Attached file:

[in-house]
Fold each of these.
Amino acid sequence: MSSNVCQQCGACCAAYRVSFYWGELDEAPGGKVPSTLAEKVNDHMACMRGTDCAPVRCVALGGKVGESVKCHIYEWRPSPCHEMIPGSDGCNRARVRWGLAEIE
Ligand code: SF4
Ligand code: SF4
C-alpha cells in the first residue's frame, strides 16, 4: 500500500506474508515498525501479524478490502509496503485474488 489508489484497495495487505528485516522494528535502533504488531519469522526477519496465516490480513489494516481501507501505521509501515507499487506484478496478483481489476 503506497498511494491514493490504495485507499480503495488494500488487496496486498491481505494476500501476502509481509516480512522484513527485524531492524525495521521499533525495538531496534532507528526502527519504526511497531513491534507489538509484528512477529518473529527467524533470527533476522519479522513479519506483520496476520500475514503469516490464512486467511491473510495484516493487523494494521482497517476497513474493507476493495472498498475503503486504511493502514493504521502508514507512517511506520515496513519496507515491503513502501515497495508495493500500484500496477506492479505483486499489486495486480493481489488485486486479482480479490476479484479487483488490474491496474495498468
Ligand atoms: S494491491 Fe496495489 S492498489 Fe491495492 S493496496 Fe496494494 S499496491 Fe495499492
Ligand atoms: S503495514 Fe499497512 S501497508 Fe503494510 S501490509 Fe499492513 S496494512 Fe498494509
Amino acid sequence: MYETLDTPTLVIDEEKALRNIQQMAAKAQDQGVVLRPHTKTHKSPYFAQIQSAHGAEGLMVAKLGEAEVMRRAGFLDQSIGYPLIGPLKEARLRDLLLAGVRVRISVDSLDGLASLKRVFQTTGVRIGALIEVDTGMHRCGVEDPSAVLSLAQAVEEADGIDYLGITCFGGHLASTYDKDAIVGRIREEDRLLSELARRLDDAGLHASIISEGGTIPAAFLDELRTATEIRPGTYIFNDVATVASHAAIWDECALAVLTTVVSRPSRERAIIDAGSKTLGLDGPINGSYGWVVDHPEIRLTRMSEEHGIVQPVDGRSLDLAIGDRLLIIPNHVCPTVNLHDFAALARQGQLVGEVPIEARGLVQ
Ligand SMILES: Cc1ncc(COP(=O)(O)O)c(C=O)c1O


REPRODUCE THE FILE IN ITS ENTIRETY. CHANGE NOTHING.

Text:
[in-house]
Fold each of these.
Amino acid sequence: MSSNVCQQCGACCAAYRVSFYWGELDEAPGGKVPSTLAEKVNDHMACMRGTDCAPVRCVALGGKVGESVKCHIYEWRPSPCHEMIPGSDGCNRARVRWGLAEIE
Ligand code: SF4
Ligand code: SF4
C-alpha cells in the first residue's frame, strides 16, 4: 500500500506474508515498525501479524478490502509496503485474488 489508489484497495495487505528485516522494528535502533504488531519469522526477519496465516490480513489494516481501507501505521509501515507499487506484478496478483481489476 503506497498511494491514493490504495485507499480503495488494500488487496496486498491481505494476500501476502509481509516480512522484513527485524531492524525495521521499533525495538531496534532507528526502527519504526511497531513491534507489538509484528512477529518473529527467524533470527533476522519479522513479519506483520496476520500475514503469516490464512486467511491473510495484516493487523494494521482497517476497513474493507476493495472498498475503503486504511493502514493504521502508514507512517511506520515496513519496507515491503513502501515497495508495493500500484500496477506492479505483486499489486495486480493481489488485486486479482480479490476479484479487483488490474491496474495498468
Ligand atoms: S494491491 Fe496495489 S492498489 Fe491495492 S493496496 Fe496494494 S499496491 Fe495499492
Ligand atoms: S503495514 Fe499497512 S501497508 Fe503494510 S501490509 Fe499492513 S496494512 Fe498494509
Amino acid sequence: MYETLDTPTLVIDEEKALRNIQQMAAKAQDQGVVLRPHTKTHKSPYFAQIQSAHGAEGLMVAKLGEAEVMRRAGFLDQSIGYPLIGPLKEARLRDLLLAGVRVRISVDSLDGLASLKRVFQTTGVRIGALIEVDTGMHRCGVEDPSAVLSLAQAVEEADGIDYLGITCFGGHLASTYDKDAIVGRIREEDRLLSELARRLDDAGLHASIISEGGTIPAAFLDELRTATEIRPGTYIFNDVATVASHAAIWDECALAVLTTVVSRPSRERAIIDAGSKTLGLDGPINGSYGWVVDHPEIRLTRMSEEHGIVQPVDGRSLDLAIGDRLLIIPNHVCPTVNLHDFAALARQGQLVGEVPIEARGLVQ
Ligand SMILES: Cc1ncc(COP(=O)(O)O)c(C=O)c1O